(b)     insofar as he or she has acted in good faith, incurs no civil or criminal liability in respect of the notification or the provision of the information.

 

PLEASE NOTE: merely reporting suspected abuse may not be enough to satisfy the requirements under the Act. Section 11(5) says:

‘A person does not necessarily exhaust his or her duty of care to a child by giving a notification under this section’

Exactly what this amounts to is not clear, but the imminence of the danger to the child will have a bearing on how duty of care is judged. For the moment I want you all to notice that the idea of a duty of care to a child in imminent danger is a much broader duty than the statutory duty to report.

The obvious question will be about removal and who might do that removing under the prevailing circumstances. Here is were that is covered in the Act:

 

15—Interpretation

In this Division— officer means—

  • (a)  a police officer; or
  • (b)  an employee of the Department authorised by the Minister to exercise powers under this Division.

16—Power to remove children from dangerous situations

(1) If an officer believes on reasonable grounds that a child is in a situation of serious danger and that it is necessary to remove the child from that situation in order to protect the child from harm (or further harm), the officer may remove the child from any premises or place, using such force (including breaking into premises) as is reasonably necessary for the purpose.

(2) An officer’s powers under this section are subject to the following limitations:

  • (a)  a police officer below the rank of inspector may only remove a child from a situation of danger with the prior approval of a police officer of or above the rank of inspector unless he or she believes on reasonable grounds that the delay involved in seeking such an approval would prejudice the child’s safety;
  • (b)  an employee of the Department may only remove a child from the custody of a guardian with the Chief Executive’s prior approval.

(3) An officer who removes a child under this section must, if possible, return the child to the child’s home unless—

  • (a)  the child is a child who is under the guardianship, or in the custody, of the Minister; or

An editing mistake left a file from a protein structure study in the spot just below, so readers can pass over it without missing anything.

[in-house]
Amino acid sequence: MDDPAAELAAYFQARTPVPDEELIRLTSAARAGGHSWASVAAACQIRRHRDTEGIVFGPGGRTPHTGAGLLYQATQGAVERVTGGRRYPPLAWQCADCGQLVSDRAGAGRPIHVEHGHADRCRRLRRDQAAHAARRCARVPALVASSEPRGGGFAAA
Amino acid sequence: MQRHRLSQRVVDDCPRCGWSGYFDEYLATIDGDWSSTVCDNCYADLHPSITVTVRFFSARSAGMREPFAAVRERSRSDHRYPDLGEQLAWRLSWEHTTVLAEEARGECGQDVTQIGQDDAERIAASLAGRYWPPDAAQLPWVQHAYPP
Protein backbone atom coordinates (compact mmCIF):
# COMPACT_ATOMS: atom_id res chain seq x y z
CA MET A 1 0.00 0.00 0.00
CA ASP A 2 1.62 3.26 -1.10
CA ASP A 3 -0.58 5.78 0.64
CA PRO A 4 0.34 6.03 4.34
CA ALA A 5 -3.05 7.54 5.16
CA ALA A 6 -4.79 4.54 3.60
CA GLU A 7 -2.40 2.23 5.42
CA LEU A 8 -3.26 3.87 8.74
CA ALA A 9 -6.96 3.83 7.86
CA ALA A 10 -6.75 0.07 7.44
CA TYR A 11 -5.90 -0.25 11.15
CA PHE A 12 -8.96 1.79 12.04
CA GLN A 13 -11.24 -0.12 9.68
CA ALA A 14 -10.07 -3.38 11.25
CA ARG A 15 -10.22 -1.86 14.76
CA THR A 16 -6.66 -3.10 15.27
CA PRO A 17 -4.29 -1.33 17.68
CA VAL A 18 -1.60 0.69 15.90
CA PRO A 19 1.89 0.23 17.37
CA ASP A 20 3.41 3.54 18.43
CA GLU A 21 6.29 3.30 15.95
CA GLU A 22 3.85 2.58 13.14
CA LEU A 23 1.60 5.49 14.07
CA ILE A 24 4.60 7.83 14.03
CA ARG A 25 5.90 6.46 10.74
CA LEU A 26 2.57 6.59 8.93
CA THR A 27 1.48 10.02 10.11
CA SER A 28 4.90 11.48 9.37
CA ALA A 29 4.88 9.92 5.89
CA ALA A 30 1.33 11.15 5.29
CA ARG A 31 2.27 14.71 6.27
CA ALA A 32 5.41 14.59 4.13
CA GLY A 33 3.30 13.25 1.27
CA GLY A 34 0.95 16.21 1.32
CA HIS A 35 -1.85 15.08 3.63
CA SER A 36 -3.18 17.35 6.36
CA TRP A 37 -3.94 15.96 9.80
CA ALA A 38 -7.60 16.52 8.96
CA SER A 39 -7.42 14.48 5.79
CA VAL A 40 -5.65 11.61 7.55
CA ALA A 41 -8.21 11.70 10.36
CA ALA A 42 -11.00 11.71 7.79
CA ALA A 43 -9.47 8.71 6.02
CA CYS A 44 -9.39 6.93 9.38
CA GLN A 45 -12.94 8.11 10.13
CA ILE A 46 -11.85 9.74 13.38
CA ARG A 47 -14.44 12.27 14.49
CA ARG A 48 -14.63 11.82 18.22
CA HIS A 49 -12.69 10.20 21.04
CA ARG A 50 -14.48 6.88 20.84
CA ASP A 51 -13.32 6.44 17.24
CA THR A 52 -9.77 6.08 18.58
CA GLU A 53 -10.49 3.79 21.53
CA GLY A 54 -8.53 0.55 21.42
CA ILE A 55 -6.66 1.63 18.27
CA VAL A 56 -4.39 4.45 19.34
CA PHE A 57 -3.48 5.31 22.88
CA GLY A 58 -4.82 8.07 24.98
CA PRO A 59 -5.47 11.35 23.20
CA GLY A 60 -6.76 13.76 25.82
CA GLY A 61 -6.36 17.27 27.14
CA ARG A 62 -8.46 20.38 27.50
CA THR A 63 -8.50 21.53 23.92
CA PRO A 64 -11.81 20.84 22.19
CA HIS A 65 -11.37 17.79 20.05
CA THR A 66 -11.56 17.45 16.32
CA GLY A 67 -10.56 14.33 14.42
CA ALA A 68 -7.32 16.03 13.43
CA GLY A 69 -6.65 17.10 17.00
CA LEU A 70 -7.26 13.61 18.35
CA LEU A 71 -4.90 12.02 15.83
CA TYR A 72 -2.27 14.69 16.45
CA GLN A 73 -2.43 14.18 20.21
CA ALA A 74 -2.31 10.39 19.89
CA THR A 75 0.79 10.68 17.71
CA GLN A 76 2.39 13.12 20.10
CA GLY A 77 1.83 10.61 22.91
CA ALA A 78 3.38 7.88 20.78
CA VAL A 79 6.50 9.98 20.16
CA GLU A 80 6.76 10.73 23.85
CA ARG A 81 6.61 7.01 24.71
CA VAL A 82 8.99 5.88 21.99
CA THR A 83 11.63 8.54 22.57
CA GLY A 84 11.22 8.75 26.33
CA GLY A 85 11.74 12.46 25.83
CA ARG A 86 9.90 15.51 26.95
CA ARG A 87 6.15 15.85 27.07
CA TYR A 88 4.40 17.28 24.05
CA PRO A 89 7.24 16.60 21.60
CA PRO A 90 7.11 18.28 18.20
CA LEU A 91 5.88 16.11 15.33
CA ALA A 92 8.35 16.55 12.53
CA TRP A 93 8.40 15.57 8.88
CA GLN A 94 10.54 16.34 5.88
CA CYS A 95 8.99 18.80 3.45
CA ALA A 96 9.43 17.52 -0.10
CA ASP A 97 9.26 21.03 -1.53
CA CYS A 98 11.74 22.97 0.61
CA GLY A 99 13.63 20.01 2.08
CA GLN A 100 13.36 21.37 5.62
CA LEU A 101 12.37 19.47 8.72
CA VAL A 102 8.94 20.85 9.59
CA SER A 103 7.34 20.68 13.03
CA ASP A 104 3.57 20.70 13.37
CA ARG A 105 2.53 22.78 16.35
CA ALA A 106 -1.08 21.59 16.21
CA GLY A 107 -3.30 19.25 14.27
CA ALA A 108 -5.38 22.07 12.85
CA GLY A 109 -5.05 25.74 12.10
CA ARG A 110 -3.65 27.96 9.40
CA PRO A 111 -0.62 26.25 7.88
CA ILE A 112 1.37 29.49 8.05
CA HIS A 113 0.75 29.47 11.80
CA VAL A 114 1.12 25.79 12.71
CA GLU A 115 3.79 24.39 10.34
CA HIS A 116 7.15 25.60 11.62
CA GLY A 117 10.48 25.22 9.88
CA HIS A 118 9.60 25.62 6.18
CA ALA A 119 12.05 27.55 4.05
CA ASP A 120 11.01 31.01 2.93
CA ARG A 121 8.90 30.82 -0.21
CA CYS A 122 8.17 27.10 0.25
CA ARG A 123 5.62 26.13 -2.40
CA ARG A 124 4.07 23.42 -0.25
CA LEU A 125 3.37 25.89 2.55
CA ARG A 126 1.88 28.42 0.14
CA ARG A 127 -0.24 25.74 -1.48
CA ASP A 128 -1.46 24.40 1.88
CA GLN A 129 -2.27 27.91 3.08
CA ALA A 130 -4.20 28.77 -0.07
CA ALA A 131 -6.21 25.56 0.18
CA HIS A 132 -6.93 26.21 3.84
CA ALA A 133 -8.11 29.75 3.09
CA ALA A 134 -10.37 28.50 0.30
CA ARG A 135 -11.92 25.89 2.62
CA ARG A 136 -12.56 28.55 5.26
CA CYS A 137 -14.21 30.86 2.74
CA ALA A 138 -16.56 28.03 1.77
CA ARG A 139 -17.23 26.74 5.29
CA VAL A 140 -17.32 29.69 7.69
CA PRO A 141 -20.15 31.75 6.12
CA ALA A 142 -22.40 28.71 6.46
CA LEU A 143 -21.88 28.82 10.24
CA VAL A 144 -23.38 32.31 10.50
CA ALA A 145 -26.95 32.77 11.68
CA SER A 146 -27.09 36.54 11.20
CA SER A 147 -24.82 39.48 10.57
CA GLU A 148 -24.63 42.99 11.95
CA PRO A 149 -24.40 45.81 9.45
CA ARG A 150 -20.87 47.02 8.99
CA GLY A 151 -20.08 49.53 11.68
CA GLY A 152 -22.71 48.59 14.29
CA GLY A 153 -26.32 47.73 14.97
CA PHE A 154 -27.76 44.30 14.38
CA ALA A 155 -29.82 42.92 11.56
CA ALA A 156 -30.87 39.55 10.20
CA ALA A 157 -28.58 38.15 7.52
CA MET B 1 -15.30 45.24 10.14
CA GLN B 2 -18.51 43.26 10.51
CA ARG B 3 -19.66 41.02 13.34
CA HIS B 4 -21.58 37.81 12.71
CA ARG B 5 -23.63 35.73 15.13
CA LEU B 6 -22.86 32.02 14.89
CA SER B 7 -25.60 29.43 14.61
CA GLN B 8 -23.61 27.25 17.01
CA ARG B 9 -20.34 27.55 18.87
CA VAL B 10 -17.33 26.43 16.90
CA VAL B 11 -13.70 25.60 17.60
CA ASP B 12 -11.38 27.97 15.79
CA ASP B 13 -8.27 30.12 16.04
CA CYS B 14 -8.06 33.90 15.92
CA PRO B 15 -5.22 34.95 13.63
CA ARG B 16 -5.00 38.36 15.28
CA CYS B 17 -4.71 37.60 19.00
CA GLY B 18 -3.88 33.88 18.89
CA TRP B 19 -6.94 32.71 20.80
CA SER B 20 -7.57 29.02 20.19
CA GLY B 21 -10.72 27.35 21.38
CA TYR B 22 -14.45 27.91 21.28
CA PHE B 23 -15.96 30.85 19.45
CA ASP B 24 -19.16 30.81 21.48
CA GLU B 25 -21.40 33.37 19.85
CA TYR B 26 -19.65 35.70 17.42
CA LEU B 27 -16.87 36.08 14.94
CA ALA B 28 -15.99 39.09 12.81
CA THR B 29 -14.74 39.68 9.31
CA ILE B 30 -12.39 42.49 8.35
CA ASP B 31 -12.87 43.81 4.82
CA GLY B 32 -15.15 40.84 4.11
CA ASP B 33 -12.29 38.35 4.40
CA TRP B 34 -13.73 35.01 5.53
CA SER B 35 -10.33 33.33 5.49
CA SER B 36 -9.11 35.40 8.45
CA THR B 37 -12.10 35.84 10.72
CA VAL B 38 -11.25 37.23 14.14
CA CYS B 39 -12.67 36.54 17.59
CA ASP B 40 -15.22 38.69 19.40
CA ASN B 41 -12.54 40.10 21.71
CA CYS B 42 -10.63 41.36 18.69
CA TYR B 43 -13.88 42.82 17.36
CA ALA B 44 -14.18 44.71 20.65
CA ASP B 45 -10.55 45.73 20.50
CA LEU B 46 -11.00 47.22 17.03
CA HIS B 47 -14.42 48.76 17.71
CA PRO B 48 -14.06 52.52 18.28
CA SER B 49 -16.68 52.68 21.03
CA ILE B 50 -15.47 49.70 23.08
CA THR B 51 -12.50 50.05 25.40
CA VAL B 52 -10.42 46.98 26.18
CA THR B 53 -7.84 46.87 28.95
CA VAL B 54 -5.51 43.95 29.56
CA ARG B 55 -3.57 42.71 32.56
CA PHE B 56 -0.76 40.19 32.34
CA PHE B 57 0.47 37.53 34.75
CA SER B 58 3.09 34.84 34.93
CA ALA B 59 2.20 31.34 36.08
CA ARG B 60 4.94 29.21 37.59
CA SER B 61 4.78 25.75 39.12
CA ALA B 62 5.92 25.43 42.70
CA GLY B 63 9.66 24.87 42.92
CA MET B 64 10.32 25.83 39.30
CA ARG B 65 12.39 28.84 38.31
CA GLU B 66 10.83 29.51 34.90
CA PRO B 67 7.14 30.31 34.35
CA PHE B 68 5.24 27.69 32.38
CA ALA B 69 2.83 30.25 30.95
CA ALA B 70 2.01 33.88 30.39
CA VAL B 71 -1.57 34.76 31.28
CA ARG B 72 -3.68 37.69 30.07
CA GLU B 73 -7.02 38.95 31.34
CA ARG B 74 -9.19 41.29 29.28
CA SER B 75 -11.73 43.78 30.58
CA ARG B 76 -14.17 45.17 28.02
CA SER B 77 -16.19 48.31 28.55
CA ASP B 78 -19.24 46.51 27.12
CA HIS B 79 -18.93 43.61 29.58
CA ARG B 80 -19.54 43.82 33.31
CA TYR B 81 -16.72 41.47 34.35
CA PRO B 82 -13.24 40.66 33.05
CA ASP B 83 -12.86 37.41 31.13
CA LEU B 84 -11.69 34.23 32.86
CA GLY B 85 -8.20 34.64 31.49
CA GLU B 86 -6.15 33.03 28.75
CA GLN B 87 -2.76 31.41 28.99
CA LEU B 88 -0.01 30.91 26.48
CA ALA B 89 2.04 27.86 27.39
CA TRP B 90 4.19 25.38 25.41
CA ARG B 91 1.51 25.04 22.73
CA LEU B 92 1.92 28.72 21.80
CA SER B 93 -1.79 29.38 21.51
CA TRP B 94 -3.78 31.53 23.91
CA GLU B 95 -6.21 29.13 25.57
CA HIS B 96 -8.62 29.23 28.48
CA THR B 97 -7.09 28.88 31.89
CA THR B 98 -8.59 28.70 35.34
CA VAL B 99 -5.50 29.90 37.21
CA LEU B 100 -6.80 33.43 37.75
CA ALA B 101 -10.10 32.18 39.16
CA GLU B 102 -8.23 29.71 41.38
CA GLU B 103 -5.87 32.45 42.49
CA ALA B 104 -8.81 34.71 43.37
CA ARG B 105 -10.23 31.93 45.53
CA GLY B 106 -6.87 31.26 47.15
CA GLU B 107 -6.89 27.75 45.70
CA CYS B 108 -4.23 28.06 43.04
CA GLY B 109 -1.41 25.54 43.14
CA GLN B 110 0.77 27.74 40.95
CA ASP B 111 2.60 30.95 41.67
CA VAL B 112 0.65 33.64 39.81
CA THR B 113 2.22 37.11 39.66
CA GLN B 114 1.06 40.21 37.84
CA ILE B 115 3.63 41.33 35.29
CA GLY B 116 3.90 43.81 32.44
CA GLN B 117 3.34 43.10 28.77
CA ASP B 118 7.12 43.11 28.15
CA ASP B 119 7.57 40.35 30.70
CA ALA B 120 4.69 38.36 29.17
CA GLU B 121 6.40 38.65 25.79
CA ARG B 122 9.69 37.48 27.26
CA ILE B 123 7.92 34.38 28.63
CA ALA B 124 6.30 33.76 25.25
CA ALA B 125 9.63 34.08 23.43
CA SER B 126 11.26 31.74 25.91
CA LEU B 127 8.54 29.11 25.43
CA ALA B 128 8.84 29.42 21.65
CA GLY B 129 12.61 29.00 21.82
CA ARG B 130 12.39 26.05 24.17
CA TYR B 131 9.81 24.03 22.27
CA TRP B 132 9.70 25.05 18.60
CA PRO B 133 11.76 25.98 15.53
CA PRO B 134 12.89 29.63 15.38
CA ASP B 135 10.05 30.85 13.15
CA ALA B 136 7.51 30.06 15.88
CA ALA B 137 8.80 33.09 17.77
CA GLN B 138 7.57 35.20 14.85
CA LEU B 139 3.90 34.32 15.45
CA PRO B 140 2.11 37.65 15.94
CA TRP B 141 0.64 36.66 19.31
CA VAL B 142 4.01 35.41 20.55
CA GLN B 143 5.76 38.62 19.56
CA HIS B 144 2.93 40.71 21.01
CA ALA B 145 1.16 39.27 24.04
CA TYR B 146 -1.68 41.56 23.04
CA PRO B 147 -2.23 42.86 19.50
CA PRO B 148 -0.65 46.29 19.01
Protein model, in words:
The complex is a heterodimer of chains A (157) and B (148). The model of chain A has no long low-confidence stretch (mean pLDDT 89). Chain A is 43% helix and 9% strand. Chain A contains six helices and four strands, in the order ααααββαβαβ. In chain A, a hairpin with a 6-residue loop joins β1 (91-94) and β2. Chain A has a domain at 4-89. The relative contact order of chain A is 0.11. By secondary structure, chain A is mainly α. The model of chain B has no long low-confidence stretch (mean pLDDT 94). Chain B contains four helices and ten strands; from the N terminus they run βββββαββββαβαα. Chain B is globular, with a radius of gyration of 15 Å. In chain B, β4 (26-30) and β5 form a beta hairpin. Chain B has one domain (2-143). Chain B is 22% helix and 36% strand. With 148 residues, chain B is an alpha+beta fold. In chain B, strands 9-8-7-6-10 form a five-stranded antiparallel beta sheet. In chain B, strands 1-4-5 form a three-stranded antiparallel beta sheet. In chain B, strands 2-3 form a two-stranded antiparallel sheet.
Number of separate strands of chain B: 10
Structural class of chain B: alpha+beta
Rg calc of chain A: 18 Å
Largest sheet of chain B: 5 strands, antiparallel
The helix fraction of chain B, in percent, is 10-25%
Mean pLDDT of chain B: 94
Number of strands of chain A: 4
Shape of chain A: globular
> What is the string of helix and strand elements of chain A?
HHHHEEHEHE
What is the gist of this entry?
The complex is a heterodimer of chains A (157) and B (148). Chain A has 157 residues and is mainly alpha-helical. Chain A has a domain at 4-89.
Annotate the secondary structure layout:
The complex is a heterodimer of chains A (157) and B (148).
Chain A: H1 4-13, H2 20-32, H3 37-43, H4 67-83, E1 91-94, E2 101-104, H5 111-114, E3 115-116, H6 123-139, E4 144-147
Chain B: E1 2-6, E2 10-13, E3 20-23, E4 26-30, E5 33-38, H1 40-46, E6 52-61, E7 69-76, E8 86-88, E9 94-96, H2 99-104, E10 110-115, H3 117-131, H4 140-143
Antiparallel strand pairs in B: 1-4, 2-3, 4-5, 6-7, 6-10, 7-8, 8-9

• (b)  the officer is of the opinion that it would not be in the best interests of the child to return home.

(4) If an officer removes a child under this section, and the child is not returned to the child’s home under subsection (3), the officer must deliver the child into the care of such person as the Chief Executive, or the Chief Executive’s nominee, directs.

(5) If the Minister does not already have custody of a child who is removed from a situation of danger under this section, the Minister has custody of the child until—

  • (a)  the end of the working day following the day on which the child was removed; or
  • (b)  the child’s return home,

(whichever is the earlier).

Disclosure of your identity:

 

13—Confidentiality of notification of abuse or neglect

(1)    For the purposes of this section, a notifier is a person who notifies the Department that he or she suspects that a child has been or is being abused or neglected.

(2)    Subject to this section, a person who receives a notification of child abuse or neglect from a notifier, or who otherwise becomes aware of the identity of a notifier, must not disclose the identity of the notifier to any other person unless the disclosure—

(a)    is made in the course of official duties to another person acting in the course of official duties; or

(b)    is made with the consent of the notifier; or

(c)    is made by way of evidence adduced in accordance with subsections (3) and (4).

Maximum penalty: $5 000.

 

Penalty for proven failure to notify:

11—Notification of abuse or neglect

(1)    If—

(a)      a person to whom this section applies suspects on reasonable grounds that a child has been or is being abused or neglected; and

(b)      the suspicion is formed in the course of the person’s work (whether paid or voluntary) or of carrying out official duties,

the person must notify the Department of that suspicion as soon as practicable after he or she forms the suspicion.

Maximum penalty: $10 000.

 

Reports

 

For the purpose of reporting the Act refers to ‘the Department’. Here is the link to Families SA:  https://my.families.sa.gov.au/IDMProv/landing.html